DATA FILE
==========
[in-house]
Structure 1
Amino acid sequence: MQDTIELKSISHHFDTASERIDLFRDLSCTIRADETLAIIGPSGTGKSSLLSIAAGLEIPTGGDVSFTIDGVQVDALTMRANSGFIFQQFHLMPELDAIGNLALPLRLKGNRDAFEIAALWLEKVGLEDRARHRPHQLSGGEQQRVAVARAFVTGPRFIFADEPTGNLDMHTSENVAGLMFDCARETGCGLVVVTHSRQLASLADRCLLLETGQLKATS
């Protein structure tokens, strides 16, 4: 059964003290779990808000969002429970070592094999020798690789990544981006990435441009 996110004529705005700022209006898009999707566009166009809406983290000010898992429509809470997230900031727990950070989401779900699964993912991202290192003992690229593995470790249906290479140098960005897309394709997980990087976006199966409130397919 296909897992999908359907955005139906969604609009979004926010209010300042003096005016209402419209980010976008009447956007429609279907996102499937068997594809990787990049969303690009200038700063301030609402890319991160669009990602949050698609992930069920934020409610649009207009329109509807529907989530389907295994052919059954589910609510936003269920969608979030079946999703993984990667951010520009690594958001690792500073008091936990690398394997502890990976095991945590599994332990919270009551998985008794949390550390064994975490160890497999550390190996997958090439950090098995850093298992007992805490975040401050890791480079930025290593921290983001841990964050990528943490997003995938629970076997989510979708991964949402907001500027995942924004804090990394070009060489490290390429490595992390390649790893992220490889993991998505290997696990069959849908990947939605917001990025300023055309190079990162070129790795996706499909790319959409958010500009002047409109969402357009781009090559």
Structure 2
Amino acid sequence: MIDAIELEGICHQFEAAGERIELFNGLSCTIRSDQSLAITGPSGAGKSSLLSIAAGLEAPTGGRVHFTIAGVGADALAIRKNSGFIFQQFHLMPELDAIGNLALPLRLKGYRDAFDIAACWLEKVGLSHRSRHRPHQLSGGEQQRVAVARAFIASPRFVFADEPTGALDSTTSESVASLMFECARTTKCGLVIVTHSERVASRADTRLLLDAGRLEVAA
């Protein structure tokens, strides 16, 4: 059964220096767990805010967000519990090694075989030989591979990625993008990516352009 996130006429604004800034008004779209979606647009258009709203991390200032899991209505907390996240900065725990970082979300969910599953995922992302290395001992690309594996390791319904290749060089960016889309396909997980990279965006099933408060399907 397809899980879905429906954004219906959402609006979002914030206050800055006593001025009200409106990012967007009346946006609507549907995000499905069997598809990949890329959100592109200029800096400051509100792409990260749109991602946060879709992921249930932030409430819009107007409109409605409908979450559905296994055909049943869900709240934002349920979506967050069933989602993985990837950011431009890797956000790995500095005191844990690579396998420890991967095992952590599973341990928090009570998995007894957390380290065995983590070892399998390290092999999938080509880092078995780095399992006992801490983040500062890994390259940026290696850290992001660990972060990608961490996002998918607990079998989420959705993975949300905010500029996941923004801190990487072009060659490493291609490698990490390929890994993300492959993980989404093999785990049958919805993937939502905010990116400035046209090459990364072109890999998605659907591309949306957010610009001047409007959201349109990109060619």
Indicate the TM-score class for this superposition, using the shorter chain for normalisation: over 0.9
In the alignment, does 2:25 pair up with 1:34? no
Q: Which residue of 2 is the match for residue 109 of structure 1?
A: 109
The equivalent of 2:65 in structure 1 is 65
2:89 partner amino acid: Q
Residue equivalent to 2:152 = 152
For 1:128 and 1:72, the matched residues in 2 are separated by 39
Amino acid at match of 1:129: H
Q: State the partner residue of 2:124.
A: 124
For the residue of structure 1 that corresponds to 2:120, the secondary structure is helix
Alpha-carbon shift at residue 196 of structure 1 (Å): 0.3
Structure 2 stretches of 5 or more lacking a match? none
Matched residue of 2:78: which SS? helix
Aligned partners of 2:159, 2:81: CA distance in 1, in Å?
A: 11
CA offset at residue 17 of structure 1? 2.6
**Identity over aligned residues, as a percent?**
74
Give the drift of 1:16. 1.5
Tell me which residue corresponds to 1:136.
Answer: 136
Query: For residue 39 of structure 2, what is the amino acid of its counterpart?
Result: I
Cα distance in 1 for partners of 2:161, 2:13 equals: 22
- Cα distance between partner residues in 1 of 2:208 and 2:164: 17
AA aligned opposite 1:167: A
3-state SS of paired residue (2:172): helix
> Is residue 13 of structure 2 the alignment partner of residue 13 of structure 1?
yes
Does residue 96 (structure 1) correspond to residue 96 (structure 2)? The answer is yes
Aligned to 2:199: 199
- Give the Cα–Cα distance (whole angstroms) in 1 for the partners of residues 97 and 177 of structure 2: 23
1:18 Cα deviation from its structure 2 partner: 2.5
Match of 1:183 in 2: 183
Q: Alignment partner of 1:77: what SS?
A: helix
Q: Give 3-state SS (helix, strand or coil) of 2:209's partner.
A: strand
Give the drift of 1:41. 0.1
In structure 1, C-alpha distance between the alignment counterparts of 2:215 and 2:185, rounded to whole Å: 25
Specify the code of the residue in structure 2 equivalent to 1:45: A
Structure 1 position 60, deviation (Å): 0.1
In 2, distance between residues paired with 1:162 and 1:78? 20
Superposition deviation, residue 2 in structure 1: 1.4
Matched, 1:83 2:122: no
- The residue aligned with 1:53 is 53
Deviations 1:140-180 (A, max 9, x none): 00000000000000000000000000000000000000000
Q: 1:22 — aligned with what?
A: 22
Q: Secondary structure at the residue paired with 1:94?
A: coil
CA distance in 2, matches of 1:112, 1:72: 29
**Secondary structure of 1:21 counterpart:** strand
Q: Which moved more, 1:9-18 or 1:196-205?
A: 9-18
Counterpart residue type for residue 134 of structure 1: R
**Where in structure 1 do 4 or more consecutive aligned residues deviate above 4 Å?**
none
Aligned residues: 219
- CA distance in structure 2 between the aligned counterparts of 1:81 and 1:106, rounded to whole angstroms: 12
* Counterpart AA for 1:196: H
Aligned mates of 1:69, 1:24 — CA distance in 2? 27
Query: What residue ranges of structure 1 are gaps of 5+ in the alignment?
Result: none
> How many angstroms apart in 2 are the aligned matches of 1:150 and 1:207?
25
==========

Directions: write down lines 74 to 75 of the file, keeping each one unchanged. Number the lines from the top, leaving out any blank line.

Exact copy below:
> How many angstroms apart in 2 are the aligned matches of 1:150 and 1:207?
25